SAN FRANCISCO (CBS SF) – As the one year period approaches since the last class for public school children in San Francisco, the school district and teachers’ union appear to be unable to further agree on a plan to open classrooms.

The San Francisco Unified School District (SFUSD) hosted a Zoom press conference on Tuesday to update progress towards a settlement with the United Educators of San Francisco (UESF), citing the two sides have very different proposals for personal lessons.

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The SFUSD says its board of directors will vote on a reopening plan on Tuesday, but without a work agreement, the kids will continue to stay at home with no date set for them to return to the classroom.

“We have not set an appointment for various reasons,” said Deputy Superintendent of Instructions Enikia Ford Morthel. “We cannot predict that the staff in the first school wave will be able to receive the vaccine. We cannot predict when SF will be in the red or orange plane. And we cannot predict that we will negotiate with our work partners. Even so, I think we all want the babies back in person as soon as possible, and so we continue to plan for it to happen when it is possible. “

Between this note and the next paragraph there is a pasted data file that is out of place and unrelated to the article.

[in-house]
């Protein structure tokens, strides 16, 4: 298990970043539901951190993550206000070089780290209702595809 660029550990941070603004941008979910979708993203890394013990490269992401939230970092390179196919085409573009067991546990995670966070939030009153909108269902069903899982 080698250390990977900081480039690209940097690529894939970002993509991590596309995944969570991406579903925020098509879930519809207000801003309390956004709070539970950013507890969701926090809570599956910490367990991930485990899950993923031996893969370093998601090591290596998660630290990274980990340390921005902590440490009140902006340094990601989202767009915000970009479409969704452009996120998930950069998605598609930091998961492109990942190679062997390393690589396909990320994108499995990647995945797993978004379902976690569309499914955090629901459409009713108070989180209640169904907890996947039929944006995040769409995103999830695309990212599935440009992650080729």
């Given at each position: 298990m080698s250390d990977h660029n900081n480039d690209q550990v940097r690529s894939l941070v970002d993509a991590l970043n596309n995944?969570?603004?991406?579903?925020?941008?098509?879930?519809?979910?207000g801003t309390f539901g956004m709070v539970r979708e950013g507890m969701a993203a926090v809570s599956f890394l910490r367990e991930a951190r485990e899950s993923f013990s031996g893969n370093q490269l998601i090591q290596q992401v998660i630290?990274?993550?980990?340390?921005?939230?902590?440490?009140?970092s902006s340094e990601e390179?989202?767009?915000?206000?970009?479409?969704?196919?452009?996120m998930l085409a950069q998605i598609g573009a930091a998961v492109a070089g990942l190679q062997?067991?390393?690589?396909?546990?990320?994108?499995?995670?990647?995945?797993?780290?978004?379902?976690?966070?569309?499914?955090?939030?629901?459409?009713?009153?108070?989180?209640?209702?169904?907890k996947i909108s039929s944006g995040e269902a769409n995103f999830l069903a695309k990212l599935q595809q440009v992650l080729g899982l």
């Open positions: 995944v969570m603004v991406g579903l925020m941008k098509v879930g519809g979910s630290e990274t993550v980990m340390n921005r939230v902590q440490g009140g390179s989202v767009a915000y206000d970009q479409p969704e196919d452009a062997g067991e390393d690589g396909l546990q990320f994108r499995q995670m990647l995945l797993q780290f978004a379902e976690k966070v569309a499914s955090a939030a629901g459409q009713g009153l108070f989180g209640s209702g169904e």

“We don’t want to offer only half days,” said SFUSD Superintendent Dr. Vincent Matthews on one of the union proposals. “We know that transitions are difficult. We want consistency and a full day for our students.”

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San Francisco public schools closed on March 13 and cleared for reopening on September 21 under guidelines from the California Department of Health. The continuing delays in reopening have led the city to sue the district and apply for an emergency injunction to force the district to reopen.

The district has postponed a vote on this until 3 p.m. Tuesday. The agenda was postponed at the request of the parents. Some are now calling for school council members to be recalled to bring their children back to school.

Last Friday, a group of parents launched a recall campaign for school council president Gabriela Lopez and board members Alison Collins and Faauuga Moliga.

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The board recently tabled a much-criticized effort to rename dozen of city schools that opponents said would undermine efforts to reopen schools for in-class learning.